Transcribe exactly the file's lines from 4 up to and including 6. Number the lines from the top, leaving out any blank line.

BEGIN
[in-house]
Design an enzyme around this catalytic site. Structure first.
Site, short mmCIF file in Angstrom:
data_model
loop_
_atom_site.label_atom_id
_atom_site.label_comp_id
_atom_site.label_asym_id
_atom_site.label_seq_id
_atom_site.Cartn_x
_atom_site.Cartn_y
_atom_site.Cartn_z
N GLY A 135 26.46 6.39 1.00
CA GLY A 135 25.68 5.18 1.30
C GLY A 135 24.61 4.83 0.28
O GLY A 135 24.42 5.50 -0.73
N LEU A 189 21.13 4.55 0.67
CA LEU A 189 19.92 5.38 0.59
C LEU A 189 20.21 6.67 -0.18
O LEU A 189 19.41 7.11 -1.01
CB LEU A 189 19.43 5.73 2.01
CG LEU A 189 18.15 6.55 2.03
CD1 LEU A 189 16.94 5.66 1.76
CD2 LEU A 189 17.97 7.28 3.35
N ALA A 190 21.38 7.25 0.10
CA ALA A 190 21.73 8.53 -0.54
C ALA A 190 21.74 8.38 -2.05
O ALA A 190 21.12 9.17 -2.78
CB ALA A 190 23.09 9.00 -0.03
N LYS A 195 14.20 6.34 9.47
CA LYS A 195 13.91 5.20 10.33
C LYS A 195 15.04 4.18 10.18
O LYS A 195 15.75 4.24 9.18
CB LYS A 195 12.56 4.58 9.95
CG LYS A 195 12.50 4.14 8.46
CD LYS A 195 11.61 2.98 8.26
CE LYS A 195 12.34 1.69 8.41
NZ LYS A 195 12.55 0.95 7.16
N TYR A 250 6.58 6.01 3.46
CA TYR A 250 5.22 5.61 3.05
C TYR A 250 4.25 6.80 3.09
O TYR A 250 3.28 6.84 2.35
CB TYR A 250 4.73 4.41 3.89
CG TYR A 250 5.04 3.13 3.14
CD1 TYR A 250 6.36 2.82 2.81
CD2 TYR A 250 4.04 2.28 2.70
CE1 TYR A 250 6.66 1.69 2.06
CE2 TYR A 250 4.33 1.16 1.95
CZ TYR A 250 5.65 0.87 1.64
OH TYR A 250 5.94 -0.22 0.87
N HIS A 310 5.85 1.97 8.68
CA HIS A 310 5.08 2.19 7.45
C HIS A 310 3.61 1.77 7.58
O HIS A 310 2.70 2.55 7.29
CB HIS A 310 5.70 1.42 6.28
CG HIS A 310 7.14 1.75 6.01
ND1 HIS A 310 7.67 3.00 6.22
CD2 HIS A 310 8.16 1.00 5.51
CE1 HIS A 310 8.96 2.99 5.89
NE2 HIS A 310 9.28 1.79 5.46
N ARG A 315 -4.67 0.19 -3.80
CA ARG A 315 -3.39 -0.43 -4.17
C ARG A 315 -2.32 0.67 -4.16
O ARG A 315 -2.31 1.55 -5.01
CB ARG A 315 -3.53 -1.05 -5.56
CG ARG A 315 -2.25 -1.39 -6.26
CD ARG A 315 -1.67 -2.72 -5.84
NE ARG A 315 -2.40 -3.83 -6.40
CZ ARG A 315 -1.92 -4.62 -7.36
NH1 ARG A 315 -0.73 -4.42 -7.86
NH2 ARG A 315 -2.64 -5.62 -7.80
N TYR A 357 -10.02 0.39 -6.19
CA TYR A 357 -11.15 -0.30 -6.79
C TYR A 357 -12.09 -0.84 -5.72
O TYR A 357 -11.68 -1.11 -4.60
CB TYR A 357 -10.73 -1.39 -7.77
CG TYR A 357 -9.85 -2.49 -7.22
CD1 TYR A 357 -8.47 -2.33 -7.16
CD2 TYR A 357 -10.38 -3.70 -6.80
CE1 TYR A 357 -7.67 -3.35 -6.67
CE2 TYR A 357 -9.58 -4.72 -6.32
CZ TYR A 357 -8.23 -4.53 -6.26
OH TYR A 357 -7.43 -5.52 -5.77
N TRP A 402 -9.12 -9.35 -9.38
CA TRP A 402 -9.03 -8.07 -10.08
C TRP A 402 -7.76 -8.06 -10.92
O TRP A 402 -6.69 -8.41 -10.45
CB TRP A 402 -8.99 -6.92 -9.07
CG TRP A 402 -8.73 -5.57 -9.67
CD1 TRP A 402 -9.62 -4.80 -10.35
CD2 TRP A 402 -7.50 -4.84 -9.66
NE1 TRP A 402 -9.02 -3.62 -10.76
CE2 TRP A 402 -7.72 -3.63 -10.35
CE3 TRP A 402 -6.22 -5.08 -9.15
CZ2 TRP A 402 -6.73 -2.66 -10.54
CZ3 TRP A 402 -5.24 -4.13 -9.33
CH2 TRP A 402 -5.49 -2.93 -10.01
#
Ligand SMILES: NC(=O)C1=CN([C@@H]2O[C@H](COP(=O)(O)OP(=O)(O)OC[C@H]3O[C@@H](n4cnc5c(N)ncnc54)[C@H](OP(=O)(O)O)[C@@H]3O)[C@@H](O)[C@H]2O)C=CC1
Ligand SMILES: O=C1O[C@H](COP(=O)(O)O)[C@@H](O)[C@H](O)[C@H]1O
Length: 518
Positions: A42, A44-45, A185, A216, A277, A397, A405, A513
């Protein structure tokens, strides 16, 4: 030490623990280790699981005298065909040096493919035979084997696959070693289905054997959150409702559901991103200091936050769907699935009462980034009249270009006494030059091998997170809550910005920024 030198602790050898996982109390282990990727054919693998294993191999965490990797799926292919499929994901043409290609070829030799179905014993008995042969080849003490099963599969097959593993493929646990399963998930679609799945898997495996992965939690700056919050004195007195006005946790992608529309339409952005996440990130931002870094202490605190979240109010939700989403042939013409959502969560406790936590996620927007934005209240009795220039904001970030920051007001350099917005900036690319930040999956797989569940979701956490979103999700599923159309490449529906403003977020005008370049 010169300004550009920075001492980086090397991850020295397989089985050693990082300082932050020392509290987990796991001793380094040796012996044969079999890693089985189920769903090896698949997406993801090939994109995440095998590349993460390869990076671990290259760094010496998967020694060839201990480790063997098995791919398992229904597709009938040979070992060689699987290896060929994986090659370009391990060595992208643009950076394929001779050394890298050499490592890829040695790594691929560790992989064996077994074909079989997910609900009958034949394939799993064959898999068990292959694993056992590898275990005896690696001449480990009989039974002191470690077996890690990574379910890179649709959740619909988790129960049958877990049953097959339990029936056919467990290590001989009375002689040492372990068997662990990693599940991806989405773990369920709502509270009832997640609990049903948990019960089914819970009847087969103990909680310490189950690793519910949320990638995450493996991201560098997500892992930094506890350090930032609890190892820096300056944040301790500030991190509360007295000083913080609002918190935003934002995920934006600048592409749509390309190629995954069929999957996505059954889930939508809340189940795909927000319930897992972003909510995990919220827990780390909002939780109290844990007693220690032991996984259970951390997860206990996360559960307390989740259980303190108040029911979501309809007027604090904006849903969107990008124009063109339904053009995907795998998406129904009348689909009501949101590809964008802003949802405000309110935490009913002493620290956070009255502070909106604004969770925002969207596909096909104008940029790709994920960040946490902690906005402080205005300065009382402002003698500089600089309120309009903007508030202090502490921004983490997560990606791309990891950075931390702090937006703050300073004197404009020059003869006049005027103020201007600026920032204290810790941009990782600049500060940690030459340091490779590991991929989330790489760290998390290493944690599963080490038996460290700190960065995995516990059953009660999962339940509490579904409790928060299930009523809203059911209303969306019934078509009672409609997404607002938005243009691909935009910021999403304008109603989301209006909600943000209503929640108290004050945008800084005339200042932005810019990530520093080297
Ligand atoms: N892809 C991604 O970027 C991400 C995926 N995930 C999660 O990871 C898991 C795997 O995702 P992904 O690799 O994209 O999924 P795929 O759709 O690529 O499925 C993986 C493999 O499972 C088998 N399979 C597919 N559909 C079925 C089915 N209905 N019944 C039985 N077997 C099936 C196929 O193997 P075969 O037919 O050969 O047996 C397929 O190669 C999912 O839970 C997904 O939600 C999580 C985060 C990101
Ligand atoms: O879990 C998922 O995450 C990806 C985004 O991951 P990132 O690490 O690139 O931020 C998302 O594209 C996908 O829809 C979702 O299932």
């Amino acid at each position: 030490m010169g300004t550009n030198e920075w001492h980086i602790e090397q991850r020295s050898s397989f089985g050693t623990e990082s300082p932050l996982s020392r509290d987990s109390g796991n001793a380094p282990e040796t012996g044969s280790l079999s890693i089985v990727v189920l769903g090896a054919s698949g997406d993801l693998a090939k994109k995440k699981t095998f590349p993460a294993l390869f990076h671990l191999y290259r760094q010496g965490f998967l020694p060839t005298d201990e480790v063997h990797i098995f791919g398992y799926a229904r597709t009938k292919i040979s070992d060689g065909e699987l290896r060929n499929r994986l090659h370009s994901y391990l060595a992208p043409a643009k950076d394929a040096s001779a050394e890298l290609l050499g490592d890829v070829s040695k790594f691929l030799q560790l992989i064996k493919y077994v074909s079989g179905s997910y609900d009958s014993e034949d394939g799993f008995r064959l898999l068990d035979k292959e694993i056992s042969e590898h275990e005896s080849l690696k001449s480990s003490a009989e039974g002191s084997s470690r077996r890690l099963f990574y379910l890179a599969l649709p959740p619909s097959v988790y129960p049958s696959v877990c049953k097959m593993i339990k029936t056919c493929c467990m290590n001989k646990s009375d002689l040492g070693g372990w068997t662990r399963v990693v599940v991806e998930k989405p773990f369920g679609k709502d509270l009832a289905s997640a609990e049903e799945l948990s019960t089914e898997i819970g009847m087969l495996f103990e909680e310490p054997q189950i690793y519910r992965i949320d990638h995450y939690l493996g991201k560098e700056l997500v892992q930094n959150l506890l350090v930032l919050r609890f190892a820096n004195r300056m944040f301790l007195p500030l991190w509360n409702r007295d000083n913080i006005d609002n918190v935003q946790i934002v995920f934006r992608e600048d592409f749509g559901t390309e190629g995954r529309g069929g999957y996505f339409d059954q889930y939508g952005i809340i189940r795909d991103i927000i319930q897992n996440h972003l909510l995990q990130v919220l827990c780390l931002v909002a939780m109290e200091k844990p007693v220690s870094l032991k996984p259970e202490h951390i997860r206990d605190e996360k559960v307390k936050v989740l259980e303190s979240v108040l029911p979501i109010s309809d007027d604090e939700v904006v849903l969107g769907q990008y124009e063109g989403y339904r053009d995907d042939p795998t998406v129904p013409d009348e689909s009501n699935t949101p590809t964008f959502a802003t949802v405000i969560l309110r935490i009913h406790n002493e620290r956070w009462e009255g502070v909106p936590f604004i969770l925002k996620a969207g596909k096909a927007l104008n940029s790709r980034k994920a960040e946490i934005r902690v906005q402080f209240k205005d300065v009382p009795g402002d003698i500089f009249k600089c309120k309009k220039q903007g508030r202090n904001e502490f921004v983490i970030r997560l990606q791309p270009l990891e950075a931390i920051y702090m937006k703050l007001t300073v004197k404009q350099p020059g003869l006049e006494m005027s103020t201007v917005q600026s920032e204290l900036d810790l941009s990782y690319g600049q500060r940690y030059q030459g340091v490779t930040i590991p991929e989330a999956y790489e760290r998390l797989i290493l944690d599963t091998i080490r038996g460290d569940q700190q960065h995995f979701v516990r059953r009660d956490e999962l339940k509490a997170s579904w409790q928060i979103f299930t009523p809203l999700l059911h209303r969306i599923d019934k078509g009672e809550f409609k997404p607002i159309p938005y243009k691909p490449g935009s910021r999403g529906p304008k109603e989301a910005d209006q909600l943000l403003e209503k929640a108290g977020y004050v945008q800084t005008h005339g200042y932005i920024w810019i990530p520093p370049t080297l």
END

data_model
loop_
_atom_site.label_atom_id